United Nations Surveys of Crime Trends and Operations of Criminal Justice Systems Series, Waves 1-10, 1970-2006 (ICPSR 26462)

Published: Jul 22, 2010

Principal Investigator(s):
United Nations Office at Vienna. Crime Prevention and Criminal Justice Branch

Series:

https://doi.org/10.3886/ICPSR26462.v1

Version V1

The major goal of the United Nations Surveys on Crime Trends and the Operations of Criminal Justice Systems was to collect data on the incidence of reported crime and the operations of criminal justice systems with a view to improving the analysis and dissemination of that information globally. Surveys were distributed to officials in every member country of the United Nations. Designated officials completed the surveys to the best of their abilities given the country's available data. The survey questionnaire consisted of a series of questions which asked for data, primarily statistical, on the main components of the country's criminal justice system, for the given time period of the wave of data collection. To date, there have been ten waves of data collection. Crime variables include counts of recorded crime for homicide, assault, rape, robbery, theft, burglary, fraud, embezzlement, drug trafficking, drug possession, bribery, and corruption. There are also counts of suspects, persons prosecuted, persons convicted, and prison admissions by crime, gender, and adult or juvenile status. Other variables include the population of the country and largest city, budgets and salaries for police, courts, and prisons, and types of sanctions, including imprisonment, corporal punishment, deprivation of liberty, control of freedom, warning, fine, and community sentence. The countries participating in the survey and the variables available vary across the ten waves. There are two versions of the Wave 2 data (Part 2: Wave 2a , 1975-1980; Part 3: Wave 2b, 1975-1980) because, for various reasons, the variables from Wave 1 and some variables from Wave 2 were combined into one dataset. Similarly, some variables from Wave 2 were combined into one dataset with the variables from Wave 3. For this study, the combined Wave 1 and Wave 2 dataset was separated into Parts 1 and 2 (Wave 1, 1970-1975, and Wave 2a, 1976-1980, respectively) and the combined Wave 2 and Wave 3 dataset was separated into Parts 3 and 4 (Wave 2b, 1975-1980, and Wave 3, 1980-1986, respectively).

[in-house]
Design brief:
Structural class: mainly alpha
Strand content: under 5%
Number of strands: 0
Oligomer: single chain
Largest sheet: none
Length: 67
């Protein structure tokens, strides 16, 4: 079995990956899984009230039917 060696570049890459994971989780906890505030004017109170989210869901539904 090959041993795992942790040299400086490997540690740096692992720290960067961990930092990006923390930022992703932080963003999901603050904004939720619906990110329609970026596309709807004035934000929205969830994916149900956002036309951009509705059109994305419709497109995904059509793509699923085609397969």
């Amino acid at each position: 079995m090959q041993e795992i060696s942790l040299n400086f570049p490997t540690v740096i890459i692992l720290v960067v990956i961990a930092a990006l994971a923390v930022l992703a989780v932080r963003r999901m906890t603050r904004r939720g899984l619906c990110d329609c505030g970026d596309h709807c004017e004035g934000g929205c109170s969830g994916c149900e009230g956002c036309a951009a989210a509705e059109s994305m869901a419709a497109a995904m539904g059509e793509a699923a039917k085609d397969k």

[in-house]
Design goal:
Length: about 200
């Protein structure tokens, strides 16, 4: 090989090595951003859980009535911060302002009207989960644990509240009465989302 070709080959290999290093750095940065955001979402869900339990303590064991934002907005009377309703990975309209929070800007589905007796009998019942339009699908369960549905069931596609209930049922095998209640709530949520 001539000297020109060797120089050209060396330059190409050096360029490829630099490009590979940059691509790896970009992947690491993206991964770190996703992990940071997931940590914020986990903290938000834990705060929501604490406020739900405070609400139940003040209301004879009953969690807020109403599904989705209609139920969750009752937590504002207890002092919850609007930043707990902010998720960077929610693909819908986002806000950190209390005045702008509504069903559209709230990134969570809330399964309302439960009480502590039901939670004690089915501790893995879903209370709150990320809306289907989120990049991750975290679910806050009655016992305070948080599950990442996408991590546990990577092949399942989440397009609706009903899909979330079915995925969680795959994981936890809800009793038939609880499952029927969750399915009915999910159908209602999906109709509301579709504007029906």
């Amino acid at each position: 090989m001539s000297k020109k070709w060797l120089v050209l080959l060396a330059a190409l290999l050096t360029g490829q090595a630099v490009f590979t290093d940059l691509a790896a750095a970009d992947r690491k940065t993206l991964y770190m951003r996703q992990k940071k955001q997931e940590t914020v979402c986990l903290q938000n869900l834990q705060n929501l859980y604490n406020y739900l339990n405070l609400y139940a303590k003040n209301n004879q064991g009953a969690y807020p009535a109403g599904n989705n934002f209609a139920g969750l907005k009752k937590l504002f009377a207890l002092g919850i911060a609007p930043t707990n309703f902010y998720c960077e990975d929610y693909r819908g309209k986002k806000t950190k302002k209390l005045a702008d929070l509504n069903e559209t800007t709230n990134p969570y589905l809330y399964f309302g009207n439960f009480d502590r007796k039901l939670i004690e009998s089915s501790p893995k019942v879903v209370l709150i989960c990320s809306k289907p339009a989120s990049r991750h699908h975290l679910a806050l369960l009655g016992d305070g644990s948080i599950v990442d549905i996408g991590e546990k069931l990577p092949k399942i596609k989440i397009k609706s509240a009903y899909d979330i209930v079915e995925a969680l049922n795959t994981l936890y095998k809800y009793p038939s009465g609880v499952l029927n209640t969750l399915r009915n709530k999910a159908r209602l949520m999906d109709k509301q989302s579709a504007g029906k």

United Nations Office at Vienna. Crime Prevention and Criminal Justice Branch. United Nations Surveys of Crime Trends and Operations of Criminal Justice Systems Series, Waves 1-10, 1970-2006. Ann Arbor, MI: Inter-university Consortium for Political and Social Research [distributor], 2010-07-22. https://doi.org/10.3886/ICPSR26462.v1

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Country

1970 -- 2006

1970 -- 2006

The major goal of the United Nations Surveys on Crime Trends and the Operations of Criminal Justice Systems is to collect data on the incidence of reported crime and the operations of criminal justice systems with a view to improving the analysis and dissemination of that information globally.